You think I would know better, but even after years of growing a variety of bulbs, I learned that I have been committing a bulb-gardening atrocity: getting rid of the foliage as soon as the blooms have disappeared. Little did I know that leaving the leaves to turn brown was a key to next year’s blooming success. It is no wonder my blooms never seemed very vibrant after the first season.
Bulb foliage doesn’t only provide a green backdrop to the blooms. The leaves absorb energy from the sun and turn it into nutrients that provide the bulb with food to flower next year. After blooming is done, the green nutrients from the leaves make their way down into the bulb for storage and to set new buds.
Above: This fall I am looking the other direction and leaving (breathe) my browning summer bulb foliage to do its job. Photograph by Janet Hall.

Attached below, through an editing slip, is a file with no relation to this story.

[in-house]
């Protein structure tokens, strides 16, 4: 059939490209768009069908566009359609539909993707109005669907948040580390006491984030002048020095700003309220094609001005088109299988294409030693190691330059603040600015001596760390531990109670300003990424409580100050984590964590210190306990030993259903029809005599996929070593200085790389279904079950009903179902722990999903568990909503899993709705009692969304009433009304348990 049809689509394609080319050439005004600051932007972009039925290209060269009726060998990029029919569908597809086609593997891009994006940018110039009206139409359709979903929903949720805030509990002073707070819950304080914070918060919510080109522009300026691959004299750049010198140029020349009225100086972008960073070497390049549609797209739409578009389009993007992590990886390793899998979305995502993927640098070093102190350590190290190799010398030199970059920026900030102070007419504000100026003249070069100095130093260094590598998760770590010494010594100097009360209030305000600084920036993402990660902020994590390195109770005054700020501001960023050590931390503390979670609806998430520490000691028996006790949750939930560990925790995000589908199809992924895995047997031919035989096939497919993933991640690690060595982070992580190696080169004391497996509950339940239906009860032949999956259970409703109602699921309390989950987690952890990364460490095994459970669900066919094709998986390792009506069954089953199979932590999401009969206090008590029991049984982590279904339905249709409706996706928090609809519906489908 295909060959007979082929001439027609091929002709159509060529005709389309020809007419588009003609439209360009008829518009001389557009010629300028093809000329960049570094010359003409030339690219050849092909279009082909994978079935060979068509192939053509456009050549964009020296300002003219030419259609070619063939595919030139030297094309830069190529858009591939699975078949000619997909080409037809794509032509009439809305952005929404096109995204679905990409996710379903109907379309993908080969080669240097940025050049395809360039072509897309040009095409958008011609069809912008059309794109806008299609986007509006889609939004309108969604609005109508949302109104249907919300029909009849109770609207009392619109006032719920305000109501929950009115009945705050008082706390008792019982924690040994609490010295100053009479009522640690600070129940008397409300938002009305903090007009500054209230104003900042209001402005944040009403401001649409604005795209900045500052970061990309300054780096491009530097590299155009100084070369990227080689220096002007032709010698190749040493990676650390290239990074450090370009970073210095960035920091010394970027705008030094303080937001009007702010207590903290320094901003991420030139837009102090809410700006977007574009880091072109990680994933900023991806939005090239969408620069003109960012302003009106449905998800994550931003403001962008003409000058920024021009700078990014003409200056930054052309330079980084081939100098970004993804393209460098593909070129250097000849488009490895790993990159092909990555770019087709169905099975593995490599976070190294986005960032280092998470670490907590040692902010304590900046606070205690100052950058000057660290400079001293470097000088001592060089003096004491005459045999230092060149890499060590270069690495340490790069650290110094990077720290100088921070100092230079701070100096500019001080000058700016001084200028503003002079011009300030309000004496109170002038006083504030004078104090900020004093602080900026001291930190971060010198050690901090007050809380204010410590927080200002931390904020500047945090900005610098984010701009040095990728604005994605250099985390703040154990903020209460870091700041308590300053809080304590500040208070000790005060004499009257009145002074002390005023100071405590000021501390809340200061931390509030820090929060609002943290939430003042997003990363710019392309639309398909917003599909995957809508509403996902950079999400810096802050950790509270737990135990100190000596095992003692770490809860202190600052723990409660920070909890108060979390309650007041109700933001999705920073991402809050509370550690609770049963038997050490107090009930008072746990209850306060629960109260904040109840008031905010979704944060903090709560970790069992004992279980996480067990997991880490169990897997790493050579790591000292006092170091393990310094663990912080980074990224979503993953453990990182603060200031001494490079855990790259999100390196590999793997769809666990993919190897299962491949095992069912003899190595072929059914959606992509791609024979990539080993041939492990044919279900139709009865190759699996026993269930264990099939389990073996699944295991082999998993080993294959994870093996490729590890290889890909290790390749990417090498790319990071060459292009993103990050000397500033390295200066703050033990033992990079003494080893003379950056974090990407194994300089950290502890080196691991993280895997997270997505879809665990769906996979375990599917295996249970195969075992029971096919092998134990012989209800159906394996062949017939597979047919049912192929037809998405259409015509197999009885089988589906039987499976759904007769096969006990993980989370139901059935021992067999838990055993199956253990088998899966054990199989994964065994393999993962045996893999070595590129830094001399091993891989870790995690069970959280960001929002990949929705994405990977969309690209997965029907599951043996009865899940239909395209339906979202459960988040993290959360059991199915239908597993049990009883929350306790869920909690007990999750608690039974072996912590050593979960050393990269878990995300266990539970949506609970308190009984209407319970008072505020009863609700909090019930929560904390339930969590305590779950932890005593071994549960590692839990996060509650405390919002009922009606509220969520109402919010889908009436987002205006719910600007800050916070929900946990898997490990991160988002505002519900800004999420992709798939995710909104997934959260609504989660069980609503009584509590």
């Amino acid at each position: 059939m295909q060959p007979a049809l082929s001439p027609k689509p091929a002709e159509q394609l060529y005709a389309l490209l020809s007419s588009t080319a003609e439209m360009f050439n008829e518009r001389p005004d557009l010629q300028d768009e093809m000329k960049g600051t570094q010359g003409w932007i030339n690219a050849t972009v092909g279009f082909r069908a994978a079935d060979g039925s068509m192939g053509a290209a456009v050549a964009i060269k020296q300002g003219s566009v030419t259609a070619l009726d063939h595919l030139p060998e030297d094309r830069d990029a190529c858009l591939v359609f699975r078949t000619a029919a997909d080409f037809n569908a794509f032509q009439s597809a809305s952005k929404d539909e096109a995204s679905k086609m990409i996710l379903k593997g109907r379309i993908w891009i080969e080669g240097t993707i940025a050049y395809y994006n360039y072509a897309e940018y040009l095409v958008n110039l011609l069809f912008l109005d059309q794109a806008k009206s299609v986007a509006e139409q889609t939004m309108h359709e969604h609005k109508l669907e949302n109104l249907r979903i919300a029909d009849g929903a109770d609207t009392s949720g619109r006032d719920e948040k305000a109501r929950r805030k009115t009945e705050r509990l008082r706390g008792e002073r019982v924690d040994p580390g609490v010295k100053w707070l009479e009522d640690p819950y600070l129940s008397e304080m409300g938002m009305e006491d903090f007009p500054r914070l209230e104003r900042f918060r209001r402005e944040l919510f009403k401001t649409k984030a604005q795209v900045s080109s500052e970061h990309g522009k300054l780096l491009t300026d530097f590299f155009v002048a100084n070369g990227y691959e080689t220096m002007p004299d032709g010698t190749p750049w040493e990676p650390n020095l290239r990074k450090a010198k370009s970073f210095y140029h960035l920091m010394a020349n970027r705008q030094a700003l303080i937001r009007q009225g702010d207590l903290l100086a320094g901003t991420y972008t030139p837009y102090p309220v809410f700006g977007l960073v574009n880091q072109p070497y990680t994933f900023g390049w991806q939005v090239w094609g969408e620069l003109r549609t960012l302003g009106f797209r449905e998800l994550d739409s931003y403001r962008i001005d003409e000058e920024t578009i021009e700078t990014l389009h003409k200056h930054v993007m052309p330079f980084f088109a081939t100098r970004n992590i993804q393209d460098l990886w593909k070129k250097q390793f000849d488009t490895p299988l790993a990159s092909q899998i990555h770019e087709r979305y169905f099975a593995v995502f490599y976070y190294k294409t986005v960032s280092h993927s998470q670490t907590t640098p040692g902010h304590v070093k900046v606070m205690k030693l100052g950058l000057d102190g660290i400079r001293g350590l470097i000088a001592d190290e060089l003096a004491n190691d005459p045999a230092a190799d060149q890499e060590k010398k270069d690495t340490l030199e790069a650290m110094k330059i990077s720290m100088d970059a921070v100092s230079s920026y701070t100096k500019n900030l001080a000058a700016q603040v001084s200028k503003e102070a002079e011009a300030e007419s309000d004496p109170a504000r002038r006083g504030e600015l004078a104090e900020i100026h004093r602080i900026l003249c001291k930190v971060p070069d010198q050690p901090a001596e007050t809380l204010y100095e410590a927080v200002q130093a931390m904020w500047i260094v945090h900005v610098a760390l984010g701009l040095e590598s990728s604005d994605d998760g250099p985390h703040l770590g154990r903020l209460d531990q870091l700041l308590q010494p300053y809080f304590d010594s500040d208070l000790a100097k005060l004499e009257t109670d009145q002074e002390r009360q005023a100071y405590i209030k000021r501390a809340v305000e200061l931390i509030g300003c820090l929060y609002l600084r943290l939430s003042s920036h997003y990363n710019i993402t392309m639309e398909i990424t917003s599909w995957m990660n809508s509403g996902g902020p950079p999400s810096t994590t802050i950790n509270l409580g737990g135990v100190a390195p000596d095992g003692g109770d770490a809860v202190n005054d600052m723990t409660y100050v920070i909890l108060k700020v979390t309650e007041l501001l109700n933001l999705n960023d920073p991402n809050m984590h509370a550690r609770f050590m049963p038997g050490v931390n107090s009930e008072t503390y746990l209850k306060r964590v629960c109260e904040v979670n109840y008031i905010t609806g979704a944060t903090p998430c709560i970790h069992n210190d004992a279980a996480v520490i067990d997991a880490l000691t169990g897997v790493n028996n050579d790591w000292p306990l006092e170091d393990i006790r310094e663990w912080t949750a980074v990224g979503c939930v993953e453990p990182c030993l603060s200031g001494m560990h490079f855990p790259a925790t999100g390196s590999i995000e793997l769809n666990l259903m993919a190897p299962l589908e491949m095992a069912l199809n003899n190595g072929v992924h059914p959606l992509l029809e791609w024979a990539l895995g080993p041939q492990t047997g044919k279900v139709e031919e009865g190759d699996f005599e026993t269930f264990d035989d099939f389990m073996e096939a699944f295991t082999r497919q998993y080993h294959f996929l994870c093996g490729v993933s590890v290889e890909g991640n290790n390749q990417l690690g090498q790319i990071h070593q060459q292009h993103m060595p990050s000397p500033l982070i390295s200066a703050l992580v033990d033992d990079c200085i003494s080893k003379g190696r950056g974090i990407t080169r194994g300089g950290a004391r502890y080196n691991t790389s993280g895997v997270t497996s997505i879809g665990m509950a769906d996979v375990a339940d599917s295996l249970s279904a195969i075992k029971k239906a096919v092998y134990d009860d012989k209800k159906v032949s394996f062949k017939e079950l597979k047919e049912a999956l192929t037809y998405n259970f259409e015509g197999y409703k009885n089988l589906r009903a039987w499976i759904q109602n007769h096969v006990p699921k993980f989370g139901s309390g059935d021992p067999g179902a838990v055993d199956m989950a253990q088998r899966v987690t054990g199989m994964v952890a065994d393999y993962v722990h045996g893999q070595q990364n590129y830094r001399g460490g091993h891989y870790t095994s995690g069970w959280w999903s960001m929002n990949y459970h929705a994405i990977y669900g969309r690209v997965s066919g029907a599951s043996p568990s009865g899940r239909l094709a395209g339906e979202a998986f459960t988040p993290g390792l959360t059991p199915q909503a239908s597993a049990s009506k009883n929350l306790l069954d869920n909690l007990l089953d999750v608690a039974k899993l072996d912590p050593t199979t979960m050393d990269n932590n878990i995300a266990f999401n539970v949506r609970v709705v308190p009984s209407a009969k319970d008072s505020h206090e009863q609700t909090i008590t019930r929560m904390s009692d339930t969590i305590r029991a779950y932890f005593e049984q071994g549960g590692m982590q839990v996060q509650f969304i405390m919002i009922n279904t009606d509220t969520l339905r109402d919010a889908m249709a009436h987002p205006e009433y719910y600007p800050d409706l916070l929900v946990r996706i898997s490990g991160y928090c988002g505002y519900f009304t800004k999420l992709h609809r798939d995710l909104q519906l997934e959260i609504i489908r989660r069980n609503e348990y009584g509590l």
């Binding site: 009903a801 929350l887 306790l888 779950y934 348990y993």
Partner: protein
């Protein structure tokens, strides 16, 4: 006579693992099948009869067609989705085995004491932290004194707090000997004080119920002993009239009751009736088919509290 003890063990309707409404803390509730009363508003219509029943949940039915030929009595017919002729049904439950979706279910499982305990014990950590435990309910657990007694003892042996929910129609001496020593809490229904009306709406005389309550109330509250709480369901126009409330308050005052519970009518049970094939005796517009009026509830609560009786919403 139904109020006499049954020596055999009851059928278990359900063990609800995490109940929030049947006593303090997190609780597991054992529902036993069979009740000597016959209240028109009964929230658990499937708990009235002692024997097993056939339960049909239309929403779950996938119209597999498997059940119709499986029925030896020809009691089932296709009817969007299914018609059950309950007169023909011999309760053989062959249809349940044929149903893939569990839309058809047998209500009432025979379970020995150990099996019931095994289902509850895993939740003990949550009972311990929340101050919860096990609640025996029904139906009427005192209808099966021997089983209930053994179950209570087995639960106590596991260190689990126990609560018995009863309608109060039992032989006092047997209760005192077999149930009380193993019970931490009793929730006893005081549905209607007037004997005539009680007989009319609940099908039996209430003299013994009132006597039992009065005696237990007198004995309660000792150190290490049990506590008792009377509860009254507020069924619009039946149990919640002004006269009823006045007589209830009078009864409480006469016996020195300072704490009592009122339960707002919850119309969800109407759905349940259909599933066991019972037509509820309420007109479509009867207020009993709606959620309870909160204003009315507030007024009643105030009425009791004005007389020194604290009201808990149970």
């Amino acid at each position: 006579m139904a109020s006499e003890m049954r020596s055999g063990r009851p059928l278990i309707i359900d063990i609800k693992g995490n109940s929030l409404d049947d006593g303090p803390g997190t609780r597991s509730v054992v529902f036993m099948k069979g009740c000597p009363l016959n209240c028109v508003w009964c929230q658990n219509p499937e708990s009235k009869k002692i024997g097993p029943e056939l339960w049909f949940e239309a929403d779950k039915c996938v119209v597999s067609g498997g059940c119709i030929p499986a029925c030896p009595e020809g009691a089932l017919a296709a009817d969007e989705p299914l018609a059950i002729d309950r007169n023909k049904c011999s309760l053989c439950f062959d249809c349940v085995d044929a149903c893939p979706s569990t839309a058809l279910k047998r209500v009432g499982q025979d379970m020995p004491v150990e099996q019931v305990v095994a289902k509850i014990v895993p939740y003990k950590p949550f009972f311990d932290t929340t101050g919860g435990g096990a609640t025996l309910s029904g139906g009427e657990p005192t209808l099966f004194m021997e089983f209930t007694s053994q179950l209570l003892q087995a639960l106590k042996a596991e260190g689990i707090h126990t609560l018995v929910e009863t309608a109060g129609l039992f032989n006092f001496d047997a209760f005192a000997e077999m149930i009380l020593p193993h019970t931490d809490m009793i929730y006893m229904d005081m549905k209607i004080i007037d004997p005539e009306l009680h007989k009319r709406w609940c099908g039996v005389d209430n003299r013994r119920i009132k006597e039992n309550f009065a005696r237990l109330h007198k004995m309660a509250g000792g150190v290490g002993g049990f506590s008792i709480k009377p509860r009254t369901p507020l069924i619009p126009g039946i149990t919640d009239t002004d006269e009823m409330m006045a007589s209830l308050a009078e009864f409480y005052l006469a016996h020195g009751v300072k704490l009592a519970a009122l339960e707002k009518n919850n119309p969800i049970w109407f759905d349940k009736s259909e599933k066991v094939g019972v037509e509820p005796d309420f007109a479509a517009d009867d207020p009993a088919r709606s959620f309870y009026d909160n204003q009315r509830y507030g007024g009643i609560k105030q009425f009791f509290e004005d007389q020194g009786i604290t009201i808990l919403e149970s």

How long does this process take? A good rule of thumb is eight weeks. But, after the leaves are brown, that is a cue that there is no more food in the leaves and you can tidy up your beds.
Tidy gardeners may be inclined to tie their unkempt bulb leaves into bundles. Resist the urge. The leaves need maximum exposure to sunlight to be able to photosynthesize. Tying them up keeps light out.
Here’s a solution to camouflage the withering foliage: plant bulbs with perennial companion plants. After the blooms drop, the fading foliage will be masked by the abundance of the other plants.
Just getting started or need a refresher? See Michelle’s How to Plant a Bulb.